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Shannon Miller won five national championships as coach of the University of Minnesota Duluth women’s hockey team. Now she’s won a $3.7 million jury verdict against the school on allegations that her contract wasn’t renewed because of her sex and because she complained that the school didn’t treat her team the same as its men’s hockey program.
The March 15 verdict is a victory for women, “especially women in college athletics,” Miller said at a news conference on the courthouse steps.
The case marks yet another iteration of claims that women are treated inequitably in the sports world. Miller is hoping to break down some of those barriers. Asked what’s next for her career, Miller joked that she’ll be “looking on LinkedIn for hockey jobs.” Then, more seriously, she said that she “would love to be the first female hockey coach in the NHL.”
“There’s lots of men coaching in women’s athletics. I absolutely see no reason why women can’t coach in men’s athletics,” she said.
UMD Chancellor Lendley Black said in a statement that he respectfully disagrees with the verdict. He said UMD takes seriously the commitment to ensuring “a diverse and inclusive campus community.”
Miller, a lesbian, also alleged that her contract wasn’t renewed in December 2014 because of her sexual orientation. That claim was dismissed by Judge Patrick Schiltz of the U.S. District Court for the District of Minnesota prior to trial because the Eighth Circuit doesn’t recognize discrimination on the basis of sexual orientation. A gay sales executive who recently appealed his bias case to the Eighth Circuit is hoping to change that.
Miller originally brought her discrimination and retaliation lawsuit alongside two co-workers. Jen Banford was a UMD women’s softball coach. Annette Wiles was a women’s basketball coach. Schiltz separated the women’s claims in February, kicking out Miller, Wiles, and Banford’s sex-orientation bias claims for being unsuited for federal court and allowing only Miller’s sex bias claims to proceed to trial.
A jury agreed with Miller that sex was a motivating factor in UMD’s decision not to bring her back to add to her storied coaching career. At the same time, the jury also found that Miller wouldn’t have been offered a new contract “regardless of her sex.” When asked about this inconsistency in the jury findings, counsel for UMD told Bloomberg Law it is still evaluating its post-trial options.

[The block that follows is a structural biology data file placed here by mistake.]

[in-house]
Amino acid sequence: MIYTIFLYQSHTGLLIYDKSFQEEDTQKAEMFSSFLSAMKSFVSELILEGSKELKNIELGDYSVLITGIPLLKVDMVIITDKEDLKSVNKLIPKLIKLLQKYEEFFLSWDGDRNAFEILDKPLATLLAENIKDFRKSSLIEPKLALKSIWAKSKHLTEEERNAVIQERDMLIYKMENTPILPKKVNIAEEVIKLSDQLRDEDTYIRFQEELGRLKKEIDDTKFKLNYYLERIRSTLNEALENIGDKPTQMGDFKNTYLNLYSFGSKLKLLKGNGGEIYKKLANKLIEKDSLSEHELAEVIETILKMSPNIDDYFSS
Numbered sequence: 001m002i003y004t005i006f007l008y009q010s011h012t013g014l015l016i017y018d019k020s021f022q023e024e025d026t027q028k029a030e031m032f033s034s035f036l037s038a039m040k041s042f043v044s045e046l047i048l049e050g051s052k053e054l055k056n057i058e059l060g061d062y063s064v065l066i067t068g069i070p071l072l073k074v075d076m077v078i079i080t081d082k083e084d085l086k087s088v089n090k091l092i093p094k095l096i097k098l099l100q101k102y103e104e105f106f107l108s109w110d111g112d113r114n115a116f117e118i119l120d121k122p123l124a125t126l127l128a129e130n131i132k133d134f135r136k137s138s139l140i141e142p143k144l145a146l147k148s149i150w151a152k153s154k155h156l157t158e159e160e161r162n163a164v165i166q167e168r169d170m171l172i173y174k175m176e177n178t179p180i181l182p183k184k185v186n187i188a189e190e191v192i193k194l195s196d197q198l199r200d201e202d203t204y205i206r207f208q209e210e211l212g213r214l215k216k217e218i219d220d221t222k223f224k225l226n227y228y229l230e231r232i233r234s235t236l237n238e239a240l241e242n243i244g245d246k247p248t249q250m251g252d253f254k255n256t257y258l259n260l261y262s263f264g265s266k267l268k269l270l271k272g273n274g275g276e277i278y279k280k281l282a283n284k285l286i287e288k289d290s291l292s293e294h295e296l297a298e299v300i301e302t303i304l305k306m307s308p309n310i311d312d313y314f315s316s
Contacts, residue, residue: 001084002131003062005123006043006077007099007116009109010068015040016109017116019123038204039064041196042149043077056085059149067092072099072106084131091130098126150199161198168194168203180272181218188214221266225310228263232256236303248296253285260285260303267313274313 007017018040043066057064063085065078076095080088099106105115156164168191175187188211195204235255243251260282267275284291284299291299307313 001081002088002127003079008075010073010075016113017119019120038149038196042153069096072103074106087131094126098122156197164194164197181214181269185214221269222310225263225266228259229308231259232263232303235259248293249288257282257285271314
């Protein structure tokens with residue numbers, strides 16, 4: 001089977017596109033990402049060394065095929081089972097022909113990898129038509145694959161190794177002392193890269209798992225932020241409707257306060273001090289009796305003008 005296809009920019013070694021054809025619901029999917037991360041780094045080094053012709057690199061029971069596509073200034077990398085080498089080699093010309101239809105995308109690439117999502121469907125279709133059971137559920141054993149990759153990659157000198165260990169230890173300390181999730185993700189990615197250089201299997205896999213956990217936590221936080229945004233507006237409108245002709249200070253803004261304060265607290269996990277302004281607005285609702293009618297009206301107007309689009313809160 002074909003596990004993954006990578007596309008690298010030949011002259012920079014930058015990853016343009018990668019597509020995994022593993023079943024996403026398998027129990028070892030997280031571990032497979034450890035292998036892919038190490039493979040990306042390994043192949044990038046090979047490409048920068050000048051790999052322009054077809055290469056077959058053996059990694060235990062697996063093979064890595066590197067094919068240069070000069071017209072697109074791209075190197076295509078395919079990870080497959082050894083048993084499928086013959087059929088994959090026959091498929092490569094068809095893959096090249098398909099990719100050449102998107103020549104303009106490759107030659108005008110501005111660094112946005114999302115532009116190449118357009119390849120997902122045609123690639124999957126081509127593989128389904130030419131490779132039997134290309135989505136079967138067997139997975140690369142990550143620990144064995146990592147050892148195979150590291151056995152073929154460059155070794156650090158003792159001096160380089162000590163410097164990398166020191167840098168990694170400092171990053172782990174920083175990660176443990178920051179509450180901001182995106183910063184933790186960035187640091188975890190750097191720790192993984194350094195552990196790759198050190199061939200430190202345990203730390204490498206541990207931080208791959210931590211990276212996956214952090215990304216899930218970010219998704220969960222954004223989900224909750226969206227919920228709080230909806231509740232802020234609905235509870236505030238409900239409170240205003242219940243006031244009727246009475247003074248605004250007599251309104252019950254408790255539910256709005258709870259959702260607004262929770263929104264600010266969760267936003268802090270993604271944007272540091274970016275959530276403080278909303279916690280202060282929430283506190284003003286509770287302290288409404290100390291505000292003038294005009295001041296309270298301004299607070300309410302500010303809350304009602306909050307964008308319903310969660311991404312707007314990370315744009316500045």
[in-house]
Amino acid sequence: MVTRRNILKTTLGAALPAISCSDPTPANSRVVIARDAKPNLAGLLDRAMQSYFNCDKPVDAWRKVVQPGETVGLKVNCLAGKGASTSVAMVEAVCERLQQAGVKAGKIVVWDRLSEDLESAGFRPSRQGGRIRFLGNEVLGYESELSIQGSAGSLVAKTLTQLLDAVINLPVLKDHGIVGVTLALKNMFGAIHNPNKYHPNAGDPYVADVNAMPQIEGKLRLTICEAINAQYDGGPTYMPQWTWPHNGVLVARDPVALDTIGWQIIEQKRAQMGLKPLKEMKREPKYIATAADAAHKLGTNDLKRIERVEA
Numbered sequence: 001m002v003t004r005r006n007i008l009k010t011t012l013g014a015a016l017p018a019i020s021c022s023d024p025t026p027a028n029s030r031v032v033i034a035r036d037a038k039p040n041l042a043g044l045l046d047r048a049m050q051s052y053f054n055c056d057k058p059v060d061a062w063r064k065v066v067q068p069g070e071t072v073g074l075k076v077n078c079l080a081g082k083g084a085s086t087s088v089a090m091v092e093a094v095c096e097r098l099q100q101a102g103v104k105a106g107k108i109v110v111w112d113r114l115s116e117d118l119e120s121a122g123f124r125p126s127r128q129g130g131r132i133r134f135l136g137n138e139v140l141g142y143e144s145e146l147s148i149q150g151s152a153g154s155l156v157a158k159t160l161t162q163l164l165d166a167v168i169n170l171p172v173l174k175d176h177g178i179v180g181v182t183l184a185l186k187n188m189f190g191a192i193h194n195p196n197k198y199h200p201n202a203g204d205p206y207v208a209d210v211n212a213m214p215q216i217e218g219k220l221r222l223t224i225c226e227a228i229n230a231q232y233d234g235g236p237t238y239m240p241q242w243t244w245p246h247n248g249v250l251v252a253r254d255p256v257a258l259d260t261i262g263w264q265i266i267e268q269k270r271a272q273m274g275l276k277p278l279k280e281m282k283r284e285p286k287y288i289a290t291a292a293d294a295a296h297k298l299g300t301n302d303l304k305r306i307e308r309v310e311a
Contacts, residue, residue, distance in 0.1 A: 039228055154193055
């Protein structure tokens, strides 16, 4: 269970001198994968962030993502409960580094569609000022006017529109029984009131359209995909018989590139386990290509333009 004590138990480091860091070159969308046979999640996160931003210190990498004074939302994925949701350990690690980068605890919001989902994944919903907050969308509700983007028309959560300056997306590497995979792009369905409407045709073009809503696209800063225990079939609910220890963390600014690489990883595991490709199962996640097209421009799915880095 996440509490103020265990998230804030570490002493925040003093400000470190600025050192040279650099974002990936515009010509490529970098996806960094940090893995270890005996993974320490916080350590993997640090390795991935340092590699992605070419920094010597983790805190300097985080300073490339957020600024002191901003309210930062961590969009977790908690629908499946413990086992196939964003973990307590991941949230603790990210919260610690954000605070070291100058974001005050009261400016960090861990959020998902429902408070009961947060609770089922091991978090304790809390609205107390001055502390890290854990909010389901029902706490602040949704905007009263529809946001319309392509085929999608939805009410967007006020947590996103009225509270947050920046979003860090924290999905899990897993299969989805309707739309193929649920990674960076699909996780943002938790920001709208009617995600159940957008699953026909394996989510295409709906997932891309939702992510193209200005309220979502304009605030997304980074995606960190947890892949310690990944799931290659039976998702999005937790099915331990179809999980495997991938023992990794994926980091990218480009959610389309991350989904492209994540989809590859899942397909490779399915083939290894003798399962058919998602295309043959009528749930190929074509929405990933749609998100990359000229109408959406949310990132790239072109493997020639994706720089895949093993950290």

The jury also said the school got rid of Miller because she complained it was violating Title IX of the Education Amendments of 1972 by not providing her women with the same access and funds as the men’s hockey team.
Miller’s attorney, Dan Siegel, believes two things in particular persuaded the jury. First, her legal team presented evidence that UMD changed its explanations for why it fired Miller several times. Second, it produced a spread of witnesses to support Miller’s claims.
Three former student athletes testified to rebut UMD’s argument that it fired Miller to improve the women’s hockey program. The women said they turned down Harvard University to play under Miller at UMD.
Miller was awarded a total of $3,744,832 following a seven-day trial on her claims. That was what Miller had asked for “to the dollar,” Siegel told Bloomberg Law.
“This was never just about Shannon,” said Donald Mark Jr., another of Miller’s attorneys. He sees the verdict as encouragement for young women to “stand up for how they should be treated.”
Mark and Siegel will be part of the team representing Miller, Banford, and Wiles in their upcoming sex-orientation bias lawsuit in state court.
Siegel, Jane Brummer, and Jalle Dafa of Siegel & Yee in Oakland, Calif., and Mark, Tyler Brimmer, Sharon Van Dyck, Andrew James, and Christopher Sall of Fafinski Mark & Johnson P.A., in Eden Prairie, Minn., represented Miller.
Timothy Pramas of the Office of the General Counsel for UMD in Minneapolis, and Jeanette Bazis, Jenny Gassman-Pines, and Katherine M. Swenson of Greene Espel PLLP in Minneapolis represented the Board of Regents of UMD.
The case is Miller v. Bd. of Regents of Univ. of Minn., D. Minn., No. 0:15-cv-03740, jury verdict 3/15/18.
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